A House committee will consider a new version of the education budget that does away with a teacher bonus and instead uses the money to try to prevent large increases in education employees' health insurance costs.
The proposed substitute budget before the House Ways and Means Education Committee this week eliminates a one-time 1 percent bonus for public education employees approved by the Alabama Senate. Instead, an extra $37.7 million, a little more than the cost of the bonus, is put toward the Public Education Employees' Health Insurance Plan.
"A pay raise does no good if the recipient has to pay every dime of it, and perhaps some extra, toward higher insurance premiums if PEEHIP went underfunded," said committee chairman Rep. Bill Poole, R-Tuscaloosa.
Poole said the proposal is a responsible budget that "sets proven programs as a priority all while utilizing taxpayer dollars as efficiently as possible."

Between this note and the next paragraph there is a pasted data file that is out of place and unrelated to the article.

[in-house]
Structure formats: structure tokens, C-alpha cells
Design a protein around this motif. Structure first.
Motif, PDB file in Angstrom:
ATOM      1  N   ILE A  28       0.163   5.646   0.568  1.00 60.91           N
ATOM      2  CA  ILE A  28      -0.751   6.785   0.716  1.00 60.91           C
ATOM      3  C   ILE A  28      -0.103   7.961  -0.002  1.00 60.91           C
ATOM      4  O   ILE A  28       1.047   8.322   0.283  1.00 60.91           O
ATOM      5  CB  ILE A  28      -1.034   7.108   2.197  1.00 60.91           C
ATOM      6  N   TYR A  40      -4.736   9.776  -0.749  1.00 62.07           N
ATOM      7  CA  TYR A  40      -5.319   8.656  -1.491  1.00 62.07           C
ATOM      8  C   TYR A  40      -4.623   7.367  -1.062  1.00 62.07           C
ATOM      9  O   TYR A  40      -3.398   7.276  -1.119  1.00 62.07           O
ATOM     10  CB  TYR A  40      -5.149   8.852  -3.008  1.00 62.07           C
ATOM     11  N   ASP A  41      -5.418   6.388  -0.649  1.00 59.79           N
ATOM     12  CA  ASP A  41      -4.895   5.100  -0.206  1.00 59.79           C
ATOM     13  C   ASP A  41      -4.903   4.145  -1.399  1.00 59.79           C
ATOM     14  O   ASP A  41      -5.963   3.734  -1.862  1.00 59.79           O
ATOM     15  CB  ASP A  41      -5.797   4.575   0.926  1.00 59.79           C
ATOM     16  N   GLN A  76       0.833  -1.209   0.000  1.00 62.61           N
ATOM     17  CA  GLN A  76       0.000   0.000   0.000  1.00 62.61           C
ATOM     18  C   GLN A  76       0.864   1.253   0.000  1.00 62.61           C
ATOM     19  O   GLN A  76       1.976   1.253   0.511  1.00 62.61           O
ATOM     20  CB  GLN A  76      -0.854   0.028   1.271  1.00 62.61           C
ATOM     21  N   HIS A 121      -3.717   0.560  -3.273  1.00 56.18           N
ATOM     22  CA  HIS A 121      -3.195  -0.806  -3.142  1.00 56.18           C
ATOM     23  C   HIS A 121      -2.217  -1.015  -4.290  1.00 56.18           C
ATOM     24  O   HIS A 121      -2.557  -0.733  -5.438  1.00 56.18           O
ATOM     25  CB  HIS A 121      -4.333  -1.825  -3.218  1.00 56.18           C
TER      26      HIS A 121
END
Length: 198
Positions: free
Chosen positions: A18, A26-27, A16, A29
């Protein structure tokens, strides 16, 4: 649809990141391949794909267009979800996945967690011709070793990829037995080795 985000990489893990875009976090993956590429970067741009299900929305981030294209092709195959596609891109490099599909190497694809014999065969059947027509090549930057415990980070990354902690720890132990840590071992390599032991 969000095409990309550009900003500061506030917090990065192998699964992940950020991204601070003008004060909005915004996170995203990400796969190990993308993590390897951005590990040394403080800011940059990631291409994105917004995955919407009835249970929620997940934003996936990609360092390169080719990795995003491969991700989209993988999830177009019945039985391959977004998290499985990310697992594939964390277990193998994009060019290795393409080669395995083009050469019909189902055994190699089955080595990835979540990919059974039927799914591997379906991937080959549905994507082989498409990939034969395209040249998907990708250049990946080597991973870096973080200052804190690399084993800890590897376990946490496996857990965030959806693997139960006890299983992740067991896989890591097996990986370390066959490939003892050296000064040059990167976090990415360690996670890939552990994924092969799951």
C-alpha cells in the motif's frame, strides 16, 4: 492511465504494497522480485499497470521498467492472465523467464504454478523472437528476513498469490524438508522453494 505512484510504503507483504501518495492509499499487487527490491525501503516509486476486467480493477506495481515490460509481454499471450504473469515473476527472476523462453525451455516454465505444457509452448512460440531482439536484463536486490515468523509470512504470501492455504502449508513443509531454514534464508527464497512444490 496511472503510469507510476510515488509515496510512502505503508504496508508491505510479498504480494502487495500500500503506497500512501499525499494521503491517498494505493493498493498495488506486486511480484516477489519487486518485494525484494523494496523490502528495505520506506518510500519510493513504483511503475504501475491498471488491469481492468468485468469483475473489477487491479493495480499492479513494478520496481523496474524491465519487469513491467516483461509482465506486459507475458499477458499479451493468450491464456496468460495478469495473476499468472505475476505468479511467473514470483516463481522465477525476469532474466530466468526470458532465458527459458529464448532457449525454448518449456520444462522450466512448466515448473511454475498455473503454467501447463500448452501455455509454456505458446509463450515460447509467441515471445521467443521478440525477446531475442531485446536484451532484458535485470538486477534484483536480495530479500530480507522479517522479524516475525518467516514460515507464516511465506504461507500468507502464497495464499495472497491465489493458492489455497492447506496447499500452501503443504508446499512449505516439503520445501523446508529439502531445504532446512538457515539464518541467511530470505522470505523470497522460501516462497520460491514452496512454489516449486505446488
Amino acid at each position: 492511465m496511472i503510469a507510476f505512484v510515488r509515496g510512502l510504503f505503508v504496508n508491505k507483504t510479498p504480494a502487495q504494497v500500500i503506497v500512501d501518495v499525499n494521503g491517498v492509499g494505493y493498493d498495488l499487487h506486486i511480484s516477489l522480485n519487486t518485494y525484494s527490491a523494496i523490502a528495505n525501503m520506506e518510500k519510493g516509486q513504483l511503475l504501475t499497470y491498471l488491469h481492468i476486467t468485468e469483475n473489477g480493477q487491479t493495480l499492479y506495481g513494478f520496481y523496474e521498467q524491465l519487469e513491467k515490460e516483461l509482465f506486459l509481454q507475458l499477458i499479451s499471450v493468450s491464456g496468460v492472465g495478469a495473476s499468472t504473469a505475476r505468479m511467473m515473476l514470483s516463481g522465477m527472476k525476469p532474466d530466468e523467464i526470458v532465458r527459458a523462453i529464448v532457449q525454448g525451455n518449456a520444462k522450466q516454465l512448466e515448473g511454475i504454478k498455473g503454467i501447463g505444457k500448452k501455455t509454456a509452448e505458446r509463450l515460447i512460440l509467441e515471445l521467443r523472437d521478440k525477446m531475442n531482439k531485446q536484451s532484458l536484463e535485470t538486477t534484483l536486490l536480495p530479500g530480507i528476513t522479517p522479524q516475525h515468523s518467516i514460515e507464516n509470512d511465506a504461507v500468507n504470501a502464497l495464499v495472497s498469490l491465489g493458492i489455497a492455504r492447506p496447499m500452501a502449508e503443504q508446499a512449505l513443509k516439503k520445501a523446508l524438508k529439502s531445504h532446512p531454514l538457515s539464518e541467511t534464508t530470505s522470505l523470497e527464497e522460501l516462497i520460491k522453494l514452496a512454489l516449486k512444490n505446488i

A lawyer for the Retirement Systems of Alabama said the extra funds should prevent large increases in the premiums that education employees pay.
"The house budget will prevent substantial increases in health care costs, including premiums, for educators, support workers, retirees and other PEEHIP members and families," Leura Canary, general counsel for the Retirement Systems of Alabama, said.
The head of the Alabama Education Association lashed out at the proposal saying the education employees have gone years without raises while being required to chip in more for their health and retirement benefits.
"The Republican legislative leadership is simply petty, spiteful, and vindictive against educators," AEA executive secretary Henry Mabry said.